Plans to almost double the cost of garden waste collections for South Gloucestershire residents have been shelved. Cuts to the local authority’s street-care team, which repairs potholes, removes graffiti and looks after open spaces, road verges and public bins, have also been abandoned but council tax will rise by the maximum permitted 4.99 per cent, including two per cent for social care.
Changes to South Gloucestershire Council’s proposed budget following public consultation at the end of 2022 are set to be agreed by cabinet on Friday, February 10, before it goes to a vote at full council five days later. They include scrapping an increase in the fee for the annual green household waste service from £30 to £55.
The Conservative administration says its spending plans for 2023/24 will deliver on the authority’s key priorities, such as giving children the best start in life, supporting vulnerable people, boosting economic growth and giving council taxpayers value for money. Free car parking and veterans’ services will be protected while significant investment will be made in schools and community facilities, it says.
Read more: South Gloucestershire Council green waste collection charges to nearly double amid £29m gap
But the organisation is having to make other savings to plug a £29.3million shortfall for the year from April, rising to £33million in 2024/25, amid spiralling inflation, a cost-of-living crisis and increasing demand on its services. Council leader Cllr Toby Savage said: “This year we have faced enormous financial challenges beyond our immediate control.
“The global rise in energy prices has pushed inflation up and the council, like businesses and organisations all over the country, has had to adapt quickly. Despite these challenges, our budget proposals show that we are well-placed to deliver on our priorities for residents and ensure that South Glos continues to thrive.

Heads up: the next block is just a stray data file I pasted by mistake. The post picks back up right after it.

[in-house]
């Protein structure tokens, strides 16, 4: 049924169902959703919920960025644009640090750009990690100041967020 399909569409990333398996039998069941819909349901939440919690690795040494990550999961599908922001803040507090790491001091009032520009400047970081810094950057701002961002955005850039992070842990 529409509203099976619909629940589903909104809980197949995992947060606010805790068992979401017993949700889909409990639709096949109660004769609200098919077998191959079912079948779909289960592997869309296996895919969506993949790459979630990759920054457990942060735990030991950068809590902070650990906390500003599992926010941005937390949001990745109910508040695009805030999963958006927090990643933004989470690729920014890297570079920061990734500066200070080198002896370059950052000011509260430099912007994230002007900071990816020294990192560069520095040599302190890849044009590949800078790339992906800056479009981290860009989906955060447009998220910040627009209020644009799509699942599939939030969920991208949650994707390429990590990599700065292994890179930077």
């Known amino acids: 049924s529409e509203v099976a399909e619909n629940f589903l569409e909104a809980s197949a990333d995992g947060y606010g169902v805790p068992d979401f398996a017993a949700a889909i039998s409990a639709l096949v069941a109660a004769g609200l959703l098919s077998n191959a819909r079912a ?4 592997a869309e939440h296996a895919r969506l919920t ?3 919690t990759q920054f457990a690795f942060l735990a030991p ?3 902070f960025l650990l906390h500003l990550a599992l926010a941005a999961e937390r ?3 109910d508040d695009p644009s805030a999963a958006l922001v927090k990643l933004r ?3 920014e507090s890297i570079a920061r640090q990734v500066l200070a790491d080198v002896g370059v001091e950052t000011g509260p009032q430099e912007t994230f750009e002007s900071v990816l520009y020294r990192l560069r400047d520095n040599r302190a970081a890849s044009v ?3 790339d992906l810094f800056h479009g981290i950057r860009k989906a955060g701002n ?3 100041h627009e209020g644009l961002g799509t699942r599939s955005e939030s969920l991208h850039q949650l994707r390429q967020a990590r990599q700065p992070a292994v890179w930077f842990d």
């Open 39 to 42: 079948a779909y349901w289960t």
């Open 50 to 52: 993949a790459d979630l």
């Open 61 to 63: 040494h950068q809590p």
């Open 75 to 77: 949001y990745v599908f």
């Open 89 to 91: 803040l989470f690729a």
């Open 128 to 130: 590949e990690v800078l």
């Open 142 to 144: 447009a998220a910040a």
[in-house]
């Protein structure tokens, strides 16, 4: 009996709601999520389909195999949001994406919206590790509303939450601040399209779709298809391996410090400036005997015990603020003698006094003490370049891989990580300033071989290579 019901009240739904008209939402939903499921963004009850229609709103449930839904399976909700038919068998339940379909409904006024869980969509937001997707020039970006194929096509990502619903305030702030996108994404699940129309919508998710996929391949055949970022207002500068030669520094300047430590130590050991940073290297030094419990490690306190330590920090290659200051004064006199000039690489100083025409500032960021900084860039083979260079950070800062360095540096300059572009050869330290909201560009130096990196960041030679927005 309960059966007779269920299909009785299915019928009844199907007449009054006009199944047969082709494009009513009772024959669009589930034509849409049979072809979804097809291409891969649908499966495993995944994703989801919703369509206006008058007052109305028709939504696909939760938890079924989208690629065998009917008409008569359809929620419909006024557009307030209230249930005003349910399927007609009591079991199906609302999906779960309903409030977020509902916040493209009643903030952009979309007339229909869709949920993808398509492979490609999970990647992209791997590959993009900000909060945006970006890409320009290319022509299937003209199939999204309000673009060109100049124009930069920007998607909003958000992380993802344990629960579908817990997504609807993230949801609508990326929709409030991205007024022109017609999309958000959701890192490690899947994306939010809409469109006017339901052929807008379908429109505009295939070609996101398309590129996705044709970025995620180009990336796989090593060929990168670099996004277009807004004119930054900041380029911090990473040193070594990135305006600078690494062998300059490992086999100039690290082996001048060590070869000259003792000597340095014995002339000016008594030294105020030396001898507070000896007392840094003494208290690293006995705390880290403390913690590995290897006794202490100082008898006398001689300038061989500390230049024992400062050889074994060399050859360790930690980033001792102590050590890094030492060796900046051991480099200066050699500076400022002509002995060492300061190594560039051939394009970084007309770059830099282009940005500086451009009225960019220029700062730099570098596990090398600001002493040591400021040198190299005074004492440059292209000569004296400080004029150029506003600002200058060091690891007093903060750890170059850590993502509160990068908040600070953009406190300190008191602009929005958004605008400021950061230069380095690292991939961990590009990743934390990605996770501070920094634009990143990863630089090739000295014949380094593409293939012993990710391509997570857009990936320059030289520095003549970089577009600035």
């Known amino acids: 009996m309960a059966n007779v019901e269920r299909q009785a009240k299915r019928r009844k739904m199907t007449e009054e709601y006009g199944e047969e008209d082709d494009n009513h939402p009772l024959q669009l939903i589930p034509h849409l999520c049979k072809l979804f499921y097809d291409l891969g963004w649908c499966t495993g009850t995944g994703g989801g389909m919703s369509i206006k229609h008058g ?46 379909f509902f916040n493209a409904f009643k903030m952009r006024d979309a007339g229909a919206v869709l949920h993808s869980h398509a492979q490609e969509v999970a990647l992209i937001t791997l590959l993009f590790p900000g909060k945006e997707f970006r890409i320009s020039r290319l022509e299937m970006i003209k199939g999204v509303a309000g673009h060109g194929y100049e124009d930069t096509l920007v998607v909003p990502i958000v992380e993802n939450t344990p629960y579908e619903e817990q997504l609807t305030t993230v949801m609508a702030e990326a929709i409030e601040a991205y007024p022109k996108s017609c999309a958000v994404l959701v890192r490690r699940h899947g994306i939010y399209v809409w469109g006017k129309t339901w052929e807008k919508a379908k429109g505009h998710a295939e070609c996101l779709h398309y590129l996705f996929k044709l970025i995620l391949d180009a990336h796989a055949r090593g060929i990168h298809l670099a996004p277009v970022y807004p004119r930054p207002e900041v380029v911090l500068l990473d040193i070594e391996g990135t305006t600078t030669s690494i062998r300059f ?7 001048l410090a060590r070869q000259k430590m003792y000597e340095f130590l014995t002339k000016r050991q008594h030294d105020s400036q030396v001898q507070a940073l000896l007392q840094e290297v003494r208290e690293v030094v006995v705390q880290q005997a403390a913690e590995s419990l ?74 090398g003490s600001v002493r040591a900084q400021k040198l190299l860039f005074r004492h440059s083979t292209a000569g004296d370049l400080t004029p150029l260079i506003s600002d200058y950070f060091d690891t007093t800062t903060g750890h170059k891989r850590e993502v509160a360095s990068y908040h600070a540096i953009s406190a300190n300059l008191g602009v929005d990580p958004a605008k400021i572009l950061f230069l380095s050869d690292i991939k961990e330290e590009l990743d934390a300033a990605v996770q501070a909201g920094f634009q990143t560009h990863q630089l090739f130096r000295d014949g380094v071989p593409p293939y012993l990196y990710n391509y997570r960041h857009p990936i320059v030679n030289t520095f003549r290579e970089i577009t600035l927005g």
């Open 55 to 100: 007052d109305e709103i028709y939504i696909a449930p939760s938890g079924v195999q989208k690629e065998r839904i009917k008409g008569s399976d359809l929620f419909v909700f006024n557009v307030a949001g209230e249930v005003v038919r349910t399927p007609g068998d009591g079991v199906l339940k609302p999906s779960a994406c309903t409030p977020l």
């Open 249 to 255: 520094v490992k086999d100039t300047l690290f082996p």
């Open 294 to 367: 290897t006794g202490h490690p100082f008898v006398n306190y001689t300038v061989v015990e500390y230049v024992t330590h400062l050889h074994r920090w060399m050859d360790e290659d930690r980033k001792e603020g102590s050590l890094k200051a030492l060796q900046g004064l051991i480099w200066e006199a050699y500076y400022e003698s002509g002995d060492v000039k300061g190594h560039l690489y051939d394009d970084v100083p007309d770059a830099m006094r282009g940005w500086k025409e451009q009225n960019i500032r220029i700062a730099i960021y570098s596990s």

“We aim to strike a fair balance with a below-inflation council tax increase, alongside keeping car parking free, further help with the cost of living and investing to protect essential frontline services, like street care. Whether it’s investing tens of millions of pounds in local schools to achieve record attainment levels, hitting our highest ever recycling rates and taking decisive action to tackle the climate crisis, or building vital public transport infrastructure and investing in local high streets, these budget proposals will ensure that our significant achievements over the past few years will continue into the next.”
A report to cabinet said that on top of savings, which are likely to include redundancies, reserves would be used to balance the £287million revenue budget, which pays for mainstream council services. It said 74 per cent of residents who responded to the consultation supported a rise in council tax, with 33 per cent backing the full 4.99 per cent increase and 26 per cent favouring 2.99 per cent.
The 21 per cent who wanted the bills frozen was down from 34 per cent last year. The report said there was strong agreement with the idea to dim street lights by a quarter after 11pm to save £627,000 but most people opposed reductions to the street-care teams.
Proposals to make newly formed town and parish councils pay for their own Christmas lights have been pushed back a year to give them time to become established. The report said: “The budget proposals set out in this report seek to continue to protect core areas as far as is possible and invests heavily in those areas seeing falls in satisfaction, namely adults and children’s social services.
“The capital programme proposes more to be spent in 2023/24 on highways maintenance. The new savings programme continues to focus around doing things differently to improve outcomes and delivering savings through efficiencies where possible.”
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